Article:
W3C home > Mailing lists > Public > semantic-web@w3.org > March 2010

Re: call to arms

From: <henry.story@bblfish.net>
Date: Mon, 29 Mar 2010 22:00:25 -0700 (PDT)
Message-Id: <201003300500.o2U50PeI029930@rust.entic.net>
To: Semantic Web <semantic-web@w3.org>
CC: paoladimaio10@googlemail.com, Danny Ayers <danny.ayers@gmail.com>, Peter Ansell <ansell.peter@gmail.com>
> On 30 Mar 2010, at 01:52, Peter Ansell wrote:
>> On 30 March 2010 08:50, Melvin Carvalho <melvincarvalho@gmail.com> wrote:
>> 2010/3/30 Paola Di Maio <paola.dimaio@gmail.com>
>>> Melvin
>>> you provide a nice list, but I have the impression most people find it
>>> ..... not fun?
>>> I think you can achieve most of what you say below with less complexity
>>> using more intuitive systems (say open ID)
>> Dont get me wrong I'm a big fan of OpenID, but it was the complexity of
>> OpenID that lead me to FOAF+SSL.  With openid you need a server that can
>> provide and verify your identity.  With FOAF+SSL you just need one click to
>> make your browser into your own identity provider.  FOAF also has the
>> wonderful side-effect that once you've got the ID, you've got all the
>> friends and other information there, for free.
>  The idea of the technology sounds interesting, as long as users can
> securely login from anywhere in the world as they can now. Can't go
> back to the bad old days where logins were restricted to particular
> workstations.

That is the world we are living in now. Passwords are limited to particular
services. 60% of break ins and security breaches are due to passwords. In 
an interview Dan Kaminsky said last year:

Kaminsky: DNSSEC is interesting not because it fixes DNS. DNSSEC is interesting
because it allows us to start addressing core problems we have on the Internet
in a systematic and scalable way. The reality is: Trust is not selling across
organizational boundaries. We have lots and lots systems that allow companies to
authenticate their own people, manage and monitor their own people and interact
with their own people. In a world where companies only deal with themselves,
that's great. We don't live in that world and we haven't for many years.

Q: How does DNSSEC help fix that?

Kaminsky: One of the fascinating elements of the Verizon Data Breach
Investigations Report is that if there was a hack, 40% of the time it was an
implementation flaw, and 60% of the time it was an authentication flaw --
something happened with authentication credentials and everything blew up. At
the end day, why do we use passwords? It's the only authentication technology
that we have that even remotely works across organizational boundaries, and the
only thing that scales today. Our existing ways of doing trust across
organizational boundaries don't work. Passwords are failures; certificates that
were supposed to replace passwords are not working -- period, end of discussion.

DNS has been doing cross-organizational address management for 25 years; it
works great. DNS is the world's largest PKI without the 'K.'All DNSSEC does is
add keys. It takes this system that scales wonderfully and has been a success
for 25 years, and says our trust problems are cross-organizational, and takes
best technology on the Internet for cross-organizational operations and gives it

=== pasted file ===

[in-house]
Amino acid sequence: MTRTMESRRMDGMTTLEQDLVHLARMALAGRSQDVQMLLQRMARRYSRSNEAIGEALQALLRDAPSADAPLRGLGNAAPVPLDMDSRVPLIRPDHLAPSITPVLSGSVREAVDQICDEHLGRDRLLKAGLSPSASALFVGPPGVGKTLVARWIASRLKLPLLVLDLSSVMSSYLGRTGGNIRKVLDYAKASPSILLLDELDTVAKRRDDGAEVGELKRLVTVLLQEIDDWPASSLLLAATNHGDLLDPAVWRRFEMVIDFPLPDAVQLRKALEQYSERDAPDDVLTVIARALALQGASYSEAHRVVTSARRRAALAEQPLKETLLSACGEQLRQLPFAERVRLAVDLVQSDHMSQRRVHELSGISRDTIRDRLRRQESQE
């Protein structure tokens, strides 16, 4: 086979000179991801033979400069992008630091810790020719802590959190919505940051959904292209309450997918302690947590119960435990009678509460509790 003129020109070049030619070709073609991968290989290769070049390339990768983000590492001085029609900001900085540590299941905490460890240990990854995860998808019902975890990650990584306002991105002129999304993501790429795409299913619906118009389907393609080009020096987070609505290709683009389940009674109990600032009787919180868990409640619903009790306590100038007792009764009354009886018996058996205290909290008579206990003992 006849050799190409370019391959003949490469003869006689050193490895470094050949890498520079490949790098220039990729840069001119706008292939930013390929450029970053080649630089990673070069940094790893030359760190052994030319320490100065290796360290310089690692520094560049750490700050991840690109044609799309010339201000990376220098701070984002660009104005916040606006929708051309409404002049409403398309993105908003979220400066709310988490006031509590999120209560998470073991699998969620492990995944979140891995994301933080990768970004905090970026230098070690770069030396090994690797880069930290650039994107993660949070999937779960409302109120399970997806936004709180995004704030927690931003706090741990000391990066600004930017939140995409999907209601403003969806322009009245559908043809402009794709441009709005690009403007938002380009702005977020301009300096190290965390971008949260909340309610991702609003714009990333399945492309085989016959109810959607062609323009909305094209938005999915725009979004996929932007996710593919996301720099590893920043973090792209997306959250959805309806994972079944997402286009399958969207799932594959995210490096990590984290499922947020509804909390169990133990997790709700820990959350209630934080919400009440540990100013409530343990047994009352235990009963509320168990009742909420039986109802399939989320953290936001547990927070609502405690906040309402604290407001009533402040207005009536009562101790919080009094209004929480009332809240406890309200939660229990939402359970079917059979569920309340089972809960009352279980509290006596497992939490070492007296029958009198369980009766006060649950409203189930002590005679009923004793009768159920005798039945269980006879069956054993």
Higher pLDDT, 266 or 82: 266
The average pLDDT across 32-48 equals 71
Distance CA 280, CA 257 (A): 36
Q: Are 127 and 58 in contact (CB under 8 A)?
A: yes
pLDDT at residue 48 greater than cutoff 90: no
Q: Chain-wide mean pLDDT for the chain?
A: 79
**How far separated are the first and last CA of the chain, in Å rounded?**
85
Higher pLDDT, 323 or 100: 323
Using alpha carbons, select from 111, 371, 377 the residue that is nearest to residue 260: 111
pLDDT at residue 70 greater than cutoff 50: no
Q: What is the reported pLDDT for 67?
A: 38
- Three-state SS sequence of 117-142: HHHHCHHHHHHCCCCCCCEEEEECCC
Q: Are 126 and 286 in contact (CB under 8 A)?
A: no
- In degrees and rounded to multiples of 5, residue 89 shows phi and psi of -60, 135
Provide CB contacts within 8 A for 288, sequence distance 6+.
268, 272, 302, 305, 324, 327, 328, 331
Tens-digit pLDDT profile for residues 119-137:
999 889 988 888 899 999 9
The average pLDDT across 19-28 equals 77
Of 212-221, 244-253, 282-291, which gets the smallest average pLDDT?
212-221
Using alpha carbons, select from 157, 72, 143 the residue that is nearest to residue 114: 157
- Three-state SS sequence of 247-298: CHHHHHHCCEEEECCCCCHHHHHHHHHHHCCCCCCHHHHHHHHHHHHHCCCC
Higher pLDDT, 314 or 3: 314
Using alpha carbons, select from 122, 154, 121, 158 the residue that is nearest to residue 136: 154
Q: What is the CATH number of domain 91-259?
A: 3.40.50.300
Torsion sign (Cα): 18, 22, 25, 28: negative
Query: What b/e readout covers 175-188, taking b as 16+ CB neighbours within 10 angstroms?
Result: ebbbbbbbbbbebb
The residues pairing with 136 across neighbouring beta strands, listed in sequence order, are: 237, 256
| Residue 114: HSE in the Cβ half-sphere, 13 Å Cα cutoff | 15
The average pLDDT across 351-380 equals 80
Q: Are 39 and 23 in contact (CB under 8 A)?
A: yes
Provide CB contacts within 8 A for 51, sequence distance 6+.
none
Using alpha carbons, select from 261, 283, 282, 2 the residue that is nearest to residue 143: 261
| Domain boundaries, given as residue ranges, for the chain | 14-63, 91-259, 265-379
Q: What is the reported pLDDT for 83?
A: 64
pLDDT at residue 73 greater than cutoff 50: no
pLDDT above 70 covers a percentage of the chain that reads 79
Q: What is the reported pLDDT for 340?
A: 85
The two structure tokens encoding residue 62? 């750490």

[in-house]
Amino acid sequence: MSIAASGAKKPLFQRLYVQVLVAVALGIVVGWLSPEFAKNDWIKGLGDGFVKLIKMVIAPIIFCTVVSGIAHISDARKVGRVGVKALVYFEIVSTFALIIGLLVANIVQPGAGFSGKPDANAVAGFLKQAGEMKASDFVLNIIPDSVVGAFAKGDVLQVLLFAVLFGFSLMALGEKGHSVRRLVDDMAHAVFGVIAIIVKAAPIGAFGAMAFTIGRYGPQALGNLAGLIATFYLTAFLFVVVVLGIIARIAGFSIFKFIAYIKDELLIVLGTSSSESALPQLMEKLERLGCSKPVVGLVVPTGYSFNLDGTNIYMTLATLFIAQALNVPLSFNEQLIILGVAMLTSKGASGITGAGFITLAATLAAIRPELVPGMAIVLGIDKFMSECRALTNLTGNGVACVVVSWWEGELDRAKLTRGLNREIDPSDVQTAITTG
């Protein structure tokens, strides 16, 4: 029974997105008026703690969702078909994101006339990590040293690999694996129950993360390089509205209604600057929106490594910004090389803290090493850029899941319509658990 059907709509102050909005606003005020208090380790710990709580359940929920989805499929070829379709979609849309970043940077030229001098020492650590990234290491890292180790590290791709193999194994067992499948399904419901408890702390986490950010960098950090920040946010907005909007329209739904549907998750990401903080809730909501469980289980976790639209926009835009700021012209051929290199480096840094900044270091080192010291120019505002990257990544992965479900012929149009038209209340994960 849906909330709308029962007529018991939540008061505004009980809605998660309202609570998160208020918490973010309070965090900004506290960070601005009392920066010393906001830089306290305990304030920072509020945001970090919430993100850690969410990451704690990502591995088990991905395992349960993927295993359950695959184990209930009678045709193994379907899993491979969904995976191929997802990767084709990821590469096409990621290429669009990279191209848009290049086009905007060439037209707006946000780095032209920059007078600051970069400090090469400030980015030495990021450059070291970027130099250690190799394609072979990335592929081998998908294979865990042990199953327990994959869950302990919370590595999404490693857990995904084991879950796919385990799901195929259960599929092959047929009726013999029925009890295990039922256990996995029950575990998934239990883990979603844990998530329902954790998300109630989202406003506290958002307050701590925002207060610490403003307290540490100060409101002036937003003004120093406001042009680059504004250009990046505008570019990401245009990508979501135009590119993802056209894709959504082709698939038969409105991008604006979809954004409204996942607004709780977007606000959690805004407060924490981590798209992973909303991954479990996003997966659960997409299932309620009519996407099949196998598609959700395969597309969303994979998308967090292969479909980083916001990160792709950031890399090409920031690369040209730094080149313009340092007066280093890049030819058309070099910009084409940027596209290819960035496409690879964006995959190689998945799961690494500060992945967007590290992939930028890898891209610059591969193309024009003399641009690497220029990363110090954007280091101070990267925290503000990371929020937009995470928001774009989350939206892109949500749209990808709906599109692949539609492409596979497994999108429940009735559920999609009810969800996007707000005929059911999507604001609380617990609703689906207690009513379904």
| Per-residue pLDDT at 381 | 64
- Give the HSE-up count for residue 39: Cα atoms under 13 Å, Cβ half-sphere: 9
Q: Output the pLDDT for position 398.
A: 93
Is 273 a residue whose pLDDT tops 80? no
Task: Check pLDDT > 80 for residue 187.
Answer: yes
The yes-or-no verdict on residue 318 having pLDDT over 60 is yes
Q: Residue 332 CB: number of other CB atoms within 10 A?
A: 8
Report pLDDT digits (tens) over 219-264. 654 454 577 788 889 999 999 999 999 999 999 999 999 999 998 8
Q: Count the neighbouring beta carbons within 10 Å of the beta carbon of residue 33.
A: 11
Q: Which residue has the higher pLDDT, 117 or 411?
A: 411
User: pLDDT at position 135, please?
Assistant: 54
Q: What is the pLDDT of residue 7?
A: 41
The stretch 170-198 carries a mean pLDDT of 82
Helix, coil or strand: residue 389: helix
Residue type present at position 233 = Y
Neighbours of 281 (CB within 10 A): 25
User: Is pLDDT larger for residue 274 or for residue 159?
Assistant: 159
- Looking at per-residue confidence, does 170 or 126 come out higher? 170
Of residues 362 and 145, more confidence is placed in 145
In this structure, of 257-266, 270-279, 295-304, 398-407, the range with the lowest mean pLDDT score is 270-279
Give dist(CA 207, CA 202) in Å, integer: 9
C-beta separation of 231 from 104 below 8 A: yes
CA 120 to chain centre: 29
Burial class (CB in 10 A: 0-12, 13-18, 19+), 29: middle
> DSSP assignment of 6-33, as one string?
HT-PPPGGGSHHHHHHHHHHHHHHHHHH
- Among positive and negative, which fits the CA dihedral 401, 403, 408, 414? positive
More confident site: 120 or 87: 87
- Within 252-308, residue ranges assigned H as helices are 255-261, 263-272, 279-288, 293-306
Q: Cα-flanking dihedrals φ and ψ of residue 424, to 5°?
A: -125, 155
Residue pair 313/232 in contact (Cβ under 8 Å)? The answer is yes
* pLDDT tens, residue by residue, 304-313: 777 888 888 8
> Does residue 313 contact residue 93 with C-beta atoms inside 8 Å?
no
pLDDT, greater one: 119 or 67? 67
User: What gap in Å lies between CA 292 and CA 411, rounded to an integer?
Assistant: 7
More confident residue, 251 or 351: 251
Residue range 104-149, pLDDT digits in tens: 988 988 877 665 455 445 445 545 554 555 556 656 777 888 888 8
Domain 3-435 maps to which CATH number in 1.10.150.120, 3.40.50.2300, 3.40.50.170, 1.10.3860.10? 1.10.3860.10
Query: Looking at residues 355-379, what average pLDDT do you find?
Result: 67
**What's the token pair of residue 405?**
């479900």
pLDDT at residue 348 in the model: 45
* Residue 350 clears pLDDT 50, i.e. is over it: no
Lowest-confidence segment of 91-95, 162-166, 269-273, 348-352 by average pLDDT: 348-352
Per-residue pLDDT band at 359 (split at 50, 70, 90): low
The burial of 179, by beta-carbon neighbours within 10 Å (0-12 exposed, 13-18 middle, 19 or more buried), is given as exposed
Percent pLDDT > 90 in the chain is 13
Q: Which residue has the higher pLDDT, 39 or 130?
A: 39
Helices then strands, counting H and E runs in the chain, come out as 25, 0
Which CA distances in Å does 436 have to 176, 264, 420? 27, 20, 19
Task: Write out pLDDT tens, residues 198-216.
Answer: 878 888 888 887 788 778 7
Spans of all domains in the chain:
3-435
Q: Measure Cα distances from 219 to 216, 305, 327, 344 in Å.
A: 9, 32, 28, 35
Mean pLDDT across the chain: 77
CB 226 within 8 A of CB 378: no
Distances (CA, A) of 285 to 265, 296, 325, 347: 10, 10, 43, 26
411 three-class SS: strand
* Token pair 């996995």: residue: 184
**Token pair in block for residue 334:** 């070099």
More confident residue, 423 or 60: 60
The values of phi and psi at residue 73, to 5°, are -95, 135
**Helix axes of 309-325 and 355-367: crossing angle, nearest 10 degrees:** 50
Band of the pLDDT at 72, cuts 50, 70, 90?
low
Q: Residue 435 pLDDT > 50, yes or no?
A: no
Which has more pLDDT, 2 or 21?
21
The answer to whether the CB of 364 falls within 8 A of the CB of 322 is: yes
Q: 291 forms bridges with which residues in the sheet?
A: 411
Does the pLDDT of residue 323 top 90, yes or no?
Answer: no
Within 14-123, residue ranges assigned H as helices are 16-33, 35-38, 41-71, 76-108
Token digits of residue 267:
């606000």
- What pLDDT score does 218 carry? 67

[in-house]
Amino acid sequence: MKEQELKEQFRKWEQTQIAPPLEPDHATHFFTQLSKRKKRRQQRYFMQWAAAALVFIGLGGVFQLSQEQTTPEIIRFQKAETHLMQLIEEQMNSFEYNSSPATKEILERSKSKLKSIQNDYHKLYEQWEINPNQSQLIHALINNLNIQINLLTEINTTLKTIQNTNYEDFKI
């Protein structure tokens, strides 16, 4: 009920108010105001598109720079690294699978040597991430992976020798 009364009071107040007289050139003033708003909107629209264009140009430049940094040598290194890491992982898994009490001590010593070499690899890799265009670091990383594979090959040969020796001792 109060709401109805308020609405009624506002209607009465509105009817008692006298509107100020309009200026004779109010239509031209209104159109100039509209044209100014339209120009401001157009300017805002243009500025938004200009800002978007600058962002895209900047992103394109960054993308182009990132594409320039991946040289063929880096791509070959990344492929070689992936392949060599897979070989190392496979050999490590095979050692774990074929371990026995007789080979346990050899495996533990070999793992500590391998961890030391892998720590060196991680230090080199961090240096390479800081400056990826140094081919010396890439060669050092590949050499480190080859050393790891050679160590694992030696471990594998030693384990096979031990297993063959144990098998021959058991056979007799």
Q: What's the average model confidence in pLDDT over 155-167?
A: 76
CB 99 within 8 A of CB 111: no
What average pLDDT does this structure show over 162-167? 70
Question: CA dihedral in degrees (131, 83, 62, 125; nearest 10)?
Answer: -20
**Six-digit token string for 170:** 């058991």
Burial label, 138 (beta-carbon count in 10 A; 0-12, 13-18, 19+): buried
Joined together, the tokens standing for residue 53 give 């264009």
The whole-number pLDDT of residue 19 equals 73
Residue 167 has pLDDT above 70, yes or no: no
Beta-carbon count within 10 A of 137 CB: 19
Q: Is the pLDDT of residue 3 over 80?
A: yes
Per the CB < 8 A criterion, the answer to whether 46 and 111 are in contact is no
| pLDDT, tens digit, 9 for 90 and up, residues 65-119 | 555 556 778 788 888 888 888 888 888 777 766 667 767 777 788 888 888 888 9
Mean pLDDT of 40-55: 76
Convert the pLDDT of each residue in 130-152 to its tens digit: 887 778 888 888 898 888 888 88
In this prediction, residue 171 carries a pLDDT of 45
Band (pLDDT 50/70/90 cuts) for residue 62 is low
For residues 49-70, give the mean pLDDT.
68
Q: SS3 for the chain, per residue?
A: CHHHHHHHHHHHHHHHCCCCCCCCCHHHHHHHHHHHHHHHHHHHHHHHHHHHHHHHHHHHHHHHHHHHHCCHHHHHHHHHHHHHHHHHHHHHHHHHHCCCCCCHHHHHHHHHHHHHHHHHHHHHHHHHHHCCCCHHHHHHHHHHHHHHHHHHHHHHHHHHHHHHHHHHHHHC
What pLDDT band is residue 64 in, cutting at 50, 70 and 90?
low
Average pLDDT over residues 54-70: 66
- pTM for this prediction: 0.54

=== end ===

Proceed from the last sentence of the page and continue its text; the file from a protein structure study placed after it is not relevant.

trust. And if we do this right, we'll see every single company with new products
and services around the fact that there's one trusted root, and one trusted
delegating proven system doing security across organizational boundaries.
]] http://bit.ly/19P188

DNSSEC helps give us trust in DNS. 

Most important in the quote above is the importance of cross organisational

As you will see below Dan, in his critique of Certificates missed foaf+ssl

> Overall though, Distributed identity isn't a killer application, as
> proven by OpenID, 

OpenId fails because 
  - it only does authentication (attribute exchange is very poor)
  - it still requires the user to type in a username ( URL )
  - it requires a 3rd service
  - implementation wise it is more complex than needed
  - It is not RESTful - so it does not play that well with linked data
Most importantly because it is not well architected it fails to play well
with linked data. That is it cannot tie into distributed social networks.

> and distributed social networking may not be as
> necessary as one might think, per the enormous popularity of *the*
> widely used social network, Facebook (outranking Google in terms of
> web traffic), especially given the demise of Google Wave, which was
> intended to be a distributed social network but failed miserably.

( Google Wave's distribution seems to me more of a marketing thing. )

Distributed social networks are extreemly important for businesses, 
for governments, armys, helath organisations, which are all social 
networks. They can't all be on Facebook.

> People like to keep different parts of their life separate, 

You can have any number of WebIds. I have
 - http://bblfish.net/#hjs
 - http://webid.myxwiki.org/xwiki/bin/view/XWiki/hjs

They don't need to be linked

> and may
> not appreciate that every website may be retrieving their identity
> without their knowledge. Privacy is non-existent if people don't have
> a chance to view, understand, and authorise privacy policies, and with
> FOAF, associates have no way of accepting the agreement themselves
> before their information is obtained by the server if it automatically
> decides to retrieve and store their personal information based on a